With over 5,000 baseball games played since late Match, the great month of October is finally here and it’s time for the fate of the teams that have made it to the dance to be decided in just a handful of games. With the NL Wild Card Game behind us, we can move on to breaking down the National League Division Series. If you’re looking for background, statistical analysis and some players and storylines to watch over the next week, we have you covered.
Los Angeles Dodgers (106-56) vs. Washington Nationals (93-69)
The Nationals and Dodgers have met in the postseason just once, when the Dodgers narrowly eliminated them 3-2 in the 2016 NLDS. They did meet once when the Nationals were still the Expos, in the NLCS in 1981 when the Dodgers sent Montreal home 3-2. But, while these teams don’t have a rich postseason history against each other, they have two of the more interesting narratives going in the postseason.
For the Dodgers, they’ve won seven straight division titles and have been to back-to-back World Series. But, while they’ve been a viable contender for the crown for ages, they haven’t won a World Series since 1988. The Nationals, on the other hand, have an even more tortured postseason history. That 1981 postseason marked the only time in franchise history that they won a series. Since moving to Washington, they’ve won the NL East four times and been eliminated in the Division Series every single time.
The Dodgers won the season series this year, 4-3, outscoring the Nats 30-27 over seven games. In their first four-game series in May, three of the four games were shutouts, two for Los Angeles and one for Washington, which might be something we see more of given the strength of the rotations for both teams.
The Dodgers had the second-best run differential (+273) in all of baseball, trailing only the Astros (+280). Los Angeles’ expected records paint an even rosier picture. Their Pythagorean record (which simply looks at runs scored and allowed) paints them adds two wins to make them a 108-win team. BaseRuns (which goes even further and removes context to look at how many runs a team should have scored and allowed) gave them an expected record of 109 wins. They were a very, very good team this year.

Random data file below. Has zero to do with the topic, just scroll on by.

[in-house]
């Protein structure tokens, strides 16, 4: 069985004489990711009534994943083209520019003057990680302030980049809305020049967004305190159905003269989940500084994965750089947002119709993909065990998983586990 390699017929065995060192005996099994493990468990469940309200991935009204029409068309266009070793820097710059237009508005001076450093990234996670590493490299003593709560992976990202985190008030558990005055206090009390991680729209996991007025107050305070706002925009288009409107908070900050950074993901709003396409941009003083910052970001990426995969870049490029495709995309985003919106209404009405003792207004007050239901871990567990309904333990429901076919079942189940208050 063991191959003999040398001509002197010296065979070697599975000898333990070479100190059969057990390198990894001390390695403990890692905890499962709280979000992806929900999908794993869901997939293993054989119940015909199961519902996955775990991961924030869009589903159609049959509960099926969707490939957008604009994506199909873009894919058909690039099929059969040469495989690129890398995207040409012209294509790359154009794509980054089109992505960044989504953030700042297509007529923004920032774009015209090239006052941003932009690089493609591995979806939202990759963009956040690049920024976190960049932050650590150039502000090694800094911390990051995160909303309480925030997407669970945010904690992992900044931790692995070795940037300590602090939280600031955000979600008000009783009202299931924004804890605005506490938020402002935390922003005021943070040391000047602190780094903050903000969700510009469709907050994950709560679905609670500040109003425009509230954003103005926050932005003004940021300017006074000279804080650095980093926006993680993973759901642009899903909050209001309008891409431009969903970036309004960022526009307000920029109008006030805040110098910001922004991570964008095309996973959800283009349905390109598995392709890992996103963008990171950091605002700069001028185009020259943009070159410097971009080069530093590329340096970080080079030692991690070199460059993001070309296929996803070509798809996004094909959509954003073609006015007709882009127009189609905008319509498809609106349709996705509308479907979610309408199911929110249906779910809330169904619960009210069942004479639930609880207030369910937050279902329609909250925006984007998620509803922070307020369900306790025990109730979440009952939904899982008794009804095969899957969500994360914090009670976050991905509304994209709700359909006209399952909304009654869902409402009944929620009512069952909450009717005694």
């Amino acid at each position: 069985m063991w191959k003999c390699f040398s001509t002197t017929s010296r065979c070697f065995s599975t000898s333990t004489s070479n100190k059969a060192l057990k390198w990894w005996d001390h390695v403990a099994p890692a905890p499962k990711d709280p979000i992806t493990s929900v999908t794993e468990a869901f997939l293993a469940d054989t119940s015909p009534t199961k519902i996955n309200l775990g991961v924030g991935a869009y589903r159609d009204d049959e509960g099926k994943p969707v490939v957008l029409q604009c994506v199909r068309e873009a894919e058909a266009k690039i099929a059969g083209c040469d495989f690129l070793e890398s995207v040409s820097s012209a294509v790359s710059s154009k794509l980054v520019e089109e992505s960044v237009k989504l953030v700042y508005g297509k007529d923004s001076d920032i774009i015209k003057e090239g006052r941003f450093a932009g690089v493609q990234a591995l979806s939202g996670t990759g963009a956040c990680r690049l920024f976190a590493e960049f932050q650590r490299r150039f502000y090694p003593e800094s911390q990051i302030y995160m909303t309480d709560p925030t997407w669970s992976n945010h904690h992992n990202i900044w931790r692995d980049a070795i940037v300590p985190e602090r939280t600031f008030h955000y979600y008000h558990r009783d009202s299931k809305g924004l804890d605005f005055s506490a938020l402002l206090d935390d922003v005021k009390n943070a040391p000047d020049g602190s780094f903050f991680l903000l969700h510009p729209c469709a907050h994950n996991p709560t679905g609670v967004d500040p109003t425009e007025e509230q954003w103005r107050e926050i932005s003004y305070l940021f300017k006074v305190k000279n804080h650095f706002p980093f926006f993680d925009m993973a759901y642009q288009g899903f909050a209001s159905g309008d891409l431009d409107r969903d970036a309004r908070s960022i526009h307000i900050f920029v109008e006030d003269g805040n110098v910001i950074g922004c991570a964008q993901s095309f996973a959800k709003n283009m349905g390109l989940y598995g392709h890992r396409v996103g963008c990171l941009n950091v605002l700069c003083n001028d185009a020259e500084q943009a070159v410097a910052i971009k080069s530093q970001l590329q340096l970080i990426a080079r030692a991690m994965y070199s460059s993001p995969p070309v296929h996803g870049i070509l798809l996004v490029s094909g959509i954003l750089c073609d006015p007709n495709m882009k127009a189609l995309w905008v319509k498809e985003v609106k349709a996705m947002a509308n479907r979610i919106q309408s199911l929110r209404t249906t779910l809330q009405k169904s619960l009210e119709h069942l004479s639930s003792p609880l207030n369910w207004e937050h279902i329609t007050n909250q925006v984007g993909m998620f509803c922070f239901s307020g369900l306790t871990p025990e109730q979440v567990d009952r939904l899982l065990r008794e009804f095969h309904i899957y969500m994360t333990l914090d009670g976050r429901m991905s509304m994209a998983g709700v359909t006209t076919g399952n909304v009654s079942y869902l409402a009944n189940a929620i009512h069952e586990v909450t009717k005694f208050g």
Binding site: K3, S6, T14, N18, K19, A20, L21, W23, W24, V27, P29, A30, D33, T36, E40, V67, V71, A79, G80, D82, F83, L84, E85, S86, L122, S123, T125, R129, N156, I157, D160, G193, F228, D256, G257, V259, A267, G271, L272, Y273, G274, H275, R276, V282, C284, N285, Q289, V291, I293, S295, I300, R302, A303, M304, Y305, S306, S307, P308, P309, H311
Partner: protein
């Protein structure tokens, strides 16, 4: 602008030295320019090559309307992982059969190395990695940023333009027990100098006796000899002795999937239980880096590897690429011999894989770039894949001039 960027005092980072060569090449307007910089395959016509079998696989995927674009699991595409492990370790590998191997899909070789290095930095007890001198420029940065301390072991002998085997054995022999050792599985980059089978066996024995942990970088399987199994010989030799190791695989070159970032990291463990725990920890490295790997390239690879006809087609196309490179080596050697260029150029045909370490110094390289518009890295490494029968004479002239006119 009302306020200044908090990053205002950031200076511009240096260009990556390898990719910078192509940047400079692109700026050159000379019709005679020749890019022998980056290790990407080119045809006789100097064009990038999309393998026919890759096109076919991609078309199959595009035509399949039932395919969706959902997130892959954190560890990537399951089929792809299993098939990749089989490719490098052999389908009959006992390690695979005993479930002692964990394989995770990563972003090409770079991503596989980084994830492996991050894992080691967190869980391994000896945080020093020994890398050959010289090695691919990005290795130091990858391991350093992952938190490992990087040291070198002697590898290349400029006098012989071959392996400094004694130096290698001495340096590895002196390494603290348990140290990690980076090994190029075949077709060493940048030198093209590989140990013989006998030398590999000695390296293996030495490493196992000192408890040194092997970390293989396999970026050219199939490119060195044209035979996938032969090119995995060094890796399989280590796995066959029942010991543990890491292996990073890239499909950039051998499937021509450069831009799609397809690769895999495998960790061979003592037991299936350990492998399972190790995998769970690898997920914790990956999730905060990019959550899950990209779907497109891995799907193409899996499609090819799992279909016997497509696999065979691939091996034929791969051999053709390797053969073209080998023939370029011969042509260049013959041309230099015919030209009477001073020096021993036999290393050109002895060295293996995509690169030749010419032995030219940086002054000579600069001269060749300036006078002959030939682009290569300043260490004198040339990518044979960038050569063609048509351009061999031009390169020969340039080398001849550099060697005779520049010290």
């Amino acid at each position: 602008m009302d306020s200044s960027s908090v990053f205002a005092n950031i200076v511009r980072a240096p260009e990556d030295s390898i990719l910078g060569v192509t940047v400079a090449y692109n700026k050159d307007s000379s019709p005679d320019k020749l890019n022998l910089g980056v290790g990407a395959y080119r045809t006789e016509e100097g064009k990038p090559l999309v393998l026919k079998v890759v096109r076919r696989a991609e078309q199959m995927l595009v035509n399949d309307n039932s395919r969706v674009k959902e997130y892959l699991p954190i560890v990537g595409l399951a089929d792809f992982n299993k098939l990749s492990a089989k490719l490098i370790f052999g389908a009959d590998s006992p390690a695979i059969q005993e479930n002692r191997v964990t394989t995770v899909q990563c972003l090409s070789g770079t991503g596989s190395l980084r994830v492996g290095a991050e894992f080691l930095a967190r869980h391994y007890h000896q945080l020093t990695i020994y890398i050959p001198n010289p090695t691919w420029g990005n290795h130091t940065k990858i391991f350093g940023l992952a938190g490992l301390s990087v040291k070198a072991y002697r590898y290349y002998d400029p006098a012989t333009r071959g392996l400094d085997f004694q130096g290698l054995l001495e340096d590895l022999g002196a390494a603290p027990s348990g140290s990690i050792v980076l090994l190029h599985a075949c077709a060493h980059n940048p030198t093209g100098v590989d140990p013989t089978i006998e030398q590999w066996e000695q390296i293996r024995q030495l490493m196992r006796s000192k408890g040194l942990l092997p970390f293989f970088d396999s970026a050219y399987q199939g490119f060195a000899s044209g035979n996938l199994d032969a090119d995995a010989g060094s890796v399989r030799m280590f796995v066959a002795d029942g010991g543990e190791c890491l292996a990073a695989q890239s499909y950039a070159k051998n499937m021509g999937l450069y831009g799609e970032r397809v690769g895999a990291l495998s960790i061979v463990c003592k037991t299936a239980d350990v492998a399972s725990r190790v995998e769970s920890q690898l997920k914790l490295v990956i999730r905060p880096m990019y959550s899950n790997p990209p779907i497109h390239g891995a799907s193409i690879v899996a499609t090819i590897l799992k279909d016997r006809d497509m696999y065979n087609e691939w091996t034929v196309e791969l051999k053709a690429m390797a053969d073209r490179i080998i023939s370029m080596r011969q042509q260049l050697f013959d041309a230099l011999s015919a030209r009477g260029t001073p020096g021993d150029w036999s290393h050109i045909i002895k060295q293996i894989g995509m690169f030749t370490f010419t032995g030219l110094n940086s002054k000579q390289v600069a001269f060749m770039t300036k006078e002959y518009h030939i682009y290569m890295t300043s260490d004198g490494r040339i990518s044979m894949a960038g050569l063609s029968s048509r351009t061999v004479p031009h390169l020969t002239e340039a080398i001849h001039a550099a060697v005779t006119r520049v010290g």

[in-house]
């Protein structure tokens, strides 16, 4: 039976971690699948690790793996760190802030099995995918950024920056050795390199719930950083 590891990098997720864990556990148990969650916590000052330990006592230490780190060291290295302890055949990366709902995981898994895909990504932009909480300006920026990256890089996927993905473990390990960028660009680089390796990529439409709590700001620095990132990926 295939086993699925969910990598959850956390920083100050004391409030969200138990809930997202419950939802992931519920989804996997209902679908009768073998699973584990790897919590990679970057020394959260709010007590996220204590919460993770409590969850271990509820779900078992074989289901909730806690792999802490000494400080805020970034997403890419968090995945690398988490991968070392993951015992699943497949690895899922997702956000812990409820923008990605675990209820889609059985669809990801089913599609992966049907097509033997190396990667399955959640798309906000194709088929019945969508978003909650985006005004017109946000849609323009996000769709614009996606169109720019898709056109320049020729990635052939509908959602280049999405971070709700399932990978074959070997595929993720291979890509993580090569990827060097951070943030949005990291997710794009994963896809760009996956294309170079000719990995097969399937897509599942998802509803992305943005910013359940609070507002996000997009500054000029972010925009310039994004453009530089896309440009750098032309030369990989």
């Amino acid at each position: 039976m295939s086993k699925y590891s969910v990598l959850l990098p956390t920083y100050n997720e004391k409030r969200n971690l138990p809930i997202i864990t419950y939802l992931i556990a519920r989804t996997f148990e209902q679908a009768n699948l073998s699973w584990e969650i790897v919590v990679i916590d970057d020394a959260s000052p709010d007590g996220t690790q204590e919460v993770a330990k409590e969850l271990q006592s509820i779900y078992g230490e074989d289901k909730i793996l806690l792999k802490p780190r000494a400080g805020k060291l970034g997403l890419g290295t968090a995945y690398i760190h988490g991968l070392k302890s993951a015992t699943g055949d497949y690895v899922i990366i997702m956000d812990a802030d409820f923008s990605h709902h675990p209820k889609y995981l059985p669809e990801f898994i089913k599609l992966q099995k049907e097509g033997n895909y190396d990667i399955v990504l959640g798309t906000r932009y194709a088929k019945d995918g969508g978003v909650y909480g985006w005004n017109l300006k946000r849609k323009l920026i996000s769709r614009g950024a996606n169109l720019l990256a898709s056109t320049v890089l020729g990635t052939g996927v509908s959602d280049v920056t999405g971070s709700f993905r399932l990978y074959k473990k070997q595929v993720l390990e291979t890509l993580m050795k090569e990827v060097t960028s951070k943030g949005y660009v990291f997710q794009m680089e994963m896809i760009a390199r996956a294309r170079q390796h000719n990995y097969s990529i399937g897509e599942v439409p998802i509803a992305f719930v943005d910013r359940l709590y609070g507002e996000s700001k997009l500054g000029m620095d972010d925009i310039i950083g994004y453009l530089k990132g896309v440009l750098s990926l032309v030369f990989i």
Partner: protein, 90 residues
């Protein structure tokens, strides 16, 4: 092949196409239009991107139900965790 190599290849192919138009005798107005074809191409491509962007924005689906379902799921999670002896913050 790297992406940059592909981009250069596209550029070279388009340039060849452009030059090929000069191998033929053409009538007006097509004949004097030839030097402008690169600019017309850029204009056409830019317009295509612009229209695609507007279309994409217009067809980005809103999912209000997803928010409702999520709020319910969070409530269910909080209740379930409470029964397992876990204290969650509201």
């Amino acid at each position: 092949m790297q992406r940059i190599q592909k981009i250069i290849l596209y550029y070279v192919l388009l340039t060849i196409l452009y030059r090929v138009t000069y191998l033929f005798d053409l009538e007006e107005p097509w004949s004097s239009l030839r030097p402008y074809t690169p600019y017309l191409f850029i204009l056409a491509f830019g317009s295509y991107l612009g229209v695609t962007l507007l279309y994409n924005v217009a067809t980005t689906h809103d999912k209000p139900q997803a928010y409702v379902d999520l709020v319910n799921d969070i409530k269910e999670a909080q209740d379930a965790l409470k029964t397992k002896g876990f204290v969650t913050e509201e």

The Nationals had a +149 run differential and both flavors of expected record add a couple wins to their total, suggesting that the Nationals were really more of a 95-win team and actually a better team than the Braves. But they had a rough start to the season and were 19-31 by May 23. It took a late-season surge to even get to the Wild Card Game where they had to pull off a late-game surge to defeat the Brewers.
We can’t talk about the Nationals’ lineup without talking about someone who isn’t even there anymore. The loss of Bryce Harper was supposed to mark the end of an era in Washington, but Juan Soto (.282/.401/.548, 142 wRC+, 4.8 fWAR) actually had a better season than his former teammate (.260/.372/.510, 125 wRC+, 4.6 fWAR). And while Harper was never able to carry his former on his back and stave off first-round elimination, Soto came up bigin the eight inning in the Wild Card Game to save Washington’s season.
Anthony Rendon (.319/.412/.598, 154 wRC+, 7.0 fWAR) would probably have won the NL MVP were it not for someone we’ll be discussing shortly. Trea Turner (.298/.353/.497, 117 wRC+, 3.5 fWAR) has continued to improve by showing more patience at the plate. Howie Hendrick (.344/.395/.572, 146 wRC+, 2.9 fWAR) has done the same and the 36- year old has rejuvenated himself and become something of a secret weapon.
The lineup as a whole hit .265/.342/.454 for a 103 wRC+. Solid defense and above-average baserunning contributed to a total of 26.0 fWAR, good for third in the National League. The problem is the numbers for the team that they’ll be facing. Los Angeles hitters combined for a .257/.338/.472 slashline and an NL-leading 111 wRC+. They ran the bases better and graded out better defensively and ended up with an NL-leading 34.8 fWAR.
Leading the charge was my pick for NL MVP, Cody Bellinger (305/.406/.629, 162 wRC+, 7.8 fWAR). With a more disciplined approach at the plate than last year, +3.5 for a 14.4 BB% and -7.5 for a 16.4 K%, he’s turned into one of the most fearsome hitters in baseball and notched 47 home runs. Needless to say, he probably won’t have to sit against left-handed pitching this postseason. And while Bellinger is clearly the biggest bat in the Dodgers’ lineup this season, the whole roster is pretty stacked.